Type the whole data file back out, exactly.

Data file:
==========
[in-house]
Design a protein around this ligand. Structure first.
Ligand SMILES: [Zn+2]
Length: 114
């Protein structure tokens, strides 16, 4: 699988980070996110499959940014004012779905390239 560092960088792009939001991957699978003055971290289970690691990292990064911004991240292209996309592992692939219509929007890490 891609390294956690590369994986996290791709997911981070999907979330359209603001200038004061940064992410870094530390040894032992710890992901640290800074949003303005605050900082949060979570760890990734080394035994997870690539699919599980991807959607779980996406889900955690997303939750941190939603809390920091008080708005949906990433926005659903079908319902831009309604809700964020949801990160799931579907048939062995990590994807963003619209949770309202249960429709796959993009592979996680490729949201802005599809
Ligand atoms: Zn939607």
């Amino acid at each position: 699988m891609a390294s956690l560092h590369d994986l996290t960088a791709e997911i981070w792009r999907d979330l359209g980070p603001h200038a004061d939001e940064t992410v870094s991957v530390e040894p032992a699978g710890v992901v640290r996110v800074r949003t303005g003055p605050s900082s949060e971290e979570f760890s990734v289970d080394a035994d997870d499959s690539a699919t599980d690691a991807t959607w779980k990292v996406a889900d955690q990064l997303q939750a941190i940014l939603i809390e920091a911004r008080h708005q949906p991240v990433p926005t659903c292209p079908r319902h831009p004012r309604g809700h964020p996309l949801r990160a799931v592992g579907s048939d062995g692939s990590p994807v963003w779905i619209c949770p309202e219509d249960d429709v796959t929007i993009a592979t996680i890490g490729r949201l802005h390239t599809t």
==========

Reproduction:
[in-house]
Design a protein around this ligand. Structure first.
Ligand SMILES: [Zn+2]
Length: 114
């Protein structure tokens, strides 16, 4: 699988980070996110499959940014004012779905390239 560092960088792009939001991957699978003055971290289970690691990292990064911004991240292209996309592992692939219509929007890490 891609390294956690590369994986996290791709997911981070999907979330359209603001200038004061940064992410870094530390040894032992710890992901640290800074949003303005605050900082949060979570760890990734080394035994997870690539699919599980991807959607779980996406889900955690997303939750941190939603809390920091008080708005949906990433926005659903079908319902831009309604809700964020949801990160799931579907048939062995990590994807963003619209949770309202249960429709796959993009592979996680490729949201802005599809
Ligand atoms: Zn939607």
């Amino acid at each position: 699988m891609a390294s956690l560092h590369d994986l996290t960088a791709e997911i981070w792009r999907d979330l359209g980070p603001h200038a004061d939001e940064t992410v870094s991957v530390e040894p032992a699978g710890v992901v640290r996110v800074r949003t303005g003055p605050s900082s949060e971290e979570f760890s990734v289970d080394a035994d997870d499959s690539a699919t599980d690691a991807t959607w779980k990292v996406a889900d955690q990064l997303q939750a941190i940014l939603i809390e920091a911004r008080h708005q949906p991240v990433p926005t659903c292209p079908r319902h831009p004012r309604g809700h964020p996309l949801r990160a799931v592992g579907s048939d062995g692939s990590p994807v963003w779905i619209c949770p309202e219509d249960d429709v796959t929007i993009a592979t996680i890490g490729r949201l802005h390239t599809t």